CHURCH OF SCIENTOLOGY



A war of words over the psyche

Scientology's followers take issue with psychiatry over cures and causes of mental disorders.

BY JEFFREY WEISS
The Dallas Morning News
Sunday, July 3, 2005

DALLAS Tom Cruise's high-profile trashing of psychiatry should come as no shocker to anyone familiar with his religion. Scientology says that all psychological ills are a result of a particular kind of psycho-spiritual wound, and that medications and other tools of modern psychiatry are useless and harmful.

What kind of religion sets up a psychological theory as sacred doctrine? A thoroughly modern one. The Church of Scientology - no relation to Christian Science - is barely 50 years old.

Just how successful, however, is a matter of dispute.

Scientologists count their worldwide numbers in the millions. Many religion sociologists say the real numbers are a tenth as large.

What can't be argued is that Scientology has some famous adherents: Cruise, John Travolta and Kirstie Alley among them. It's also clear that Cruise's plugging of "War of the Worlds" has raised the level of public curiosity about the religion.

The following are some frequently asked questions and their answers:

Q: Where did Scientology come from?

A: It's the creation of one man: L. Ron Hubbard. Best known in the 1940s as a science-fiction author, he said he had discovered essential truths about human psychology, which he set forth in a 1950 book, "Dianetics: The Modern Science of Mental Health." The book became the cornerstone of Scientology.

Q: What did he say was his big discovery?

A: Hubbard said all psychological problems, and many physical ones, are caused by unresolved reactions to bad things that have happened to us. In an unconscious process, the "reactive mind" creates a permanent loop that ties up a bit of psychological energy.

Hubbard called those loops "engrams." He said that "clearing" the loops would improve psychological and physical health.

Q: Anything to it?

A: Mainstream psychology dismisses the concept of engrams. But the idea that past psychological stress can later affect health is widely accepted.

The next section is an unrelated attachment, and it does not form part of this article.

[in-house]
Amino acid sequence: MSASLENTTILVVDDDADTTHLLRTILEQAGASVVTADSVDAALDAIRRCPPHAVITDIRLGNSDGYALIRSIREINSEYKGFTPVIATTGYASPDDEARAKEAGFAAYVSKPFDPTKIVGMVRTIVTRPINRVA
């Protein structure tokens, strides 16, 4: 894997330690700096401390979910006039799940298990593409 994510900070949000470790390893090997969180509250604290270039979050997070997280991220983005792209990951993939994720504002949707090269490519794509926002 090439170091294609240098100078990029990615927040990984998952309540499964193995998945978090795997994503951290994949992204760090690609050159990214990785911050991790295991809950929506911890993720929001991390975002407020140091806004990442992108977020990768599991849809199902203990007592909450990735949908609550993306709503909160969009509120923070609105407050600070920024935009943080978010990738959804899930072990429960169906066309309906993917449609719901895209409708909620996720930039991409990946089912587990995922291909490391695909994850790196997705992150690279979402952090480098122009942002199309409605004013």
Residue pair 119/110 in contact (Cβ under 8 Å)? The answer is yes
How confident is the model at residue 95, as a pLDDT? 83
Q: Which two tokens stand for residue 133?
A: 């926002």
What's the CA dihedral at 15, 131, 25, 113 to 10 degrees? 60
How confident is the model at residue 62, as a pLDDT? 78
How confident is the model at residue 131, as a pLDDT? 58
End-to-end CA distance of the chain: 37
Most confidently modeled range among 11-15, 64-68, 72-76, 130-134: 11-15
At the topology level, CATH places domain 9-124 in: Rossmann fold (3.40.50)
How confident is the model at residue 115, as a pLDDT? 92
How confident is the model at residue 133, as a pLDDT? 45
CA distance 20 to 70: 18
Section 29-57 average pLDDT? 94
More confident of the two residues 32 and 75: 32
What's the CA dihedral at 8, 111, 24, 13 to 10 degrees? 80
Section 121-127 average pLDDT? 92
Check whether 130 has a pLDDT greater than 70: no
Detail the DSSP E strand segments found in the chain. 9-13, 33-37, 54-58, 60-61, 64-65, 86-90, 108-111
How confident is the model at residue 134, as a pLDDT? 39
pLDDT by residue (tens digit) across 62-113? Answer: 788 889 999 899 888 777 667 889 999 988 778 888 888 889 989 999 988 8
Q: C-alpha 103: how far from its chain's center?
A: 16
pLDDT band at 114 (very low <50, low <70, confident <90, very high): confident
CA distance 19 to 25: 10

Q: What was L. Ron Hubbard's background?

A: He wasn't a psychologist or psychiatrist. He was born in Tilden, Neb., in 1911 and served in the Navy during World War II.

Hubbard died in 1986.

Q: What makes Scientology a religion?

A: Hubbard eventually asserted that engrams were not simply produced in this life, but that everyone carries the residue of billions of years of past lives. All people are said to have a "thetan," something like a soul in other religious traditions.

Scientology recognizes the existence of an impersonal supreme being, but one very different from the Judeo-Christian God believed to be actively involved in human affairs.

Q: Is there anything scientific about Scientology?

A: It is certainly "scientistic" - it uses jargon and gizmos that seem scientific.

For instance, there's the "e-meter," a sort of low-level lie detector. The person being examined - "audited" is the official term - holds two metal cans connected by a wire to the meter.

Stress affects conductivity, so the auditor searches for words or situations that jiggle the needle.

Q: What's Scientology's beef with psychiatry?

A: Recall Scientology's origin - the assertion of a perfect explanation for all psychological ailments. If all it takes to cure someone of these ills is a noninvasive procedure, then drugs and other tools of psychology, including electroshock therapy, just create needless suffering.

Q: What controversies has the Church of Scientology been involved in?

A: Some former members and others accuse the church of coercing people to join and punishing those who leave. Reporters who wrote critically about Scientology said they've been harassed with lawsuits and subjected to personal attacks.

Several governments have investigated the church on allegations of cult activities.

Q: Why are so many celebrities Scientologists?

A: It's an optical illusion. In truth, no more than a half-dozen or so celebrities have been publicly associated with Scientology. In addition to Cruise, Travolta and Alley, you have Kelly Preston (Travolta's wife), Isaac Hayes, Chick Corea, Greta Van Susteren.

Q: Where can I get more information?

A: The official Web site is www.scientology.org. Of the many sites critical of Scientology, one of the most popular is www.xenu.net.


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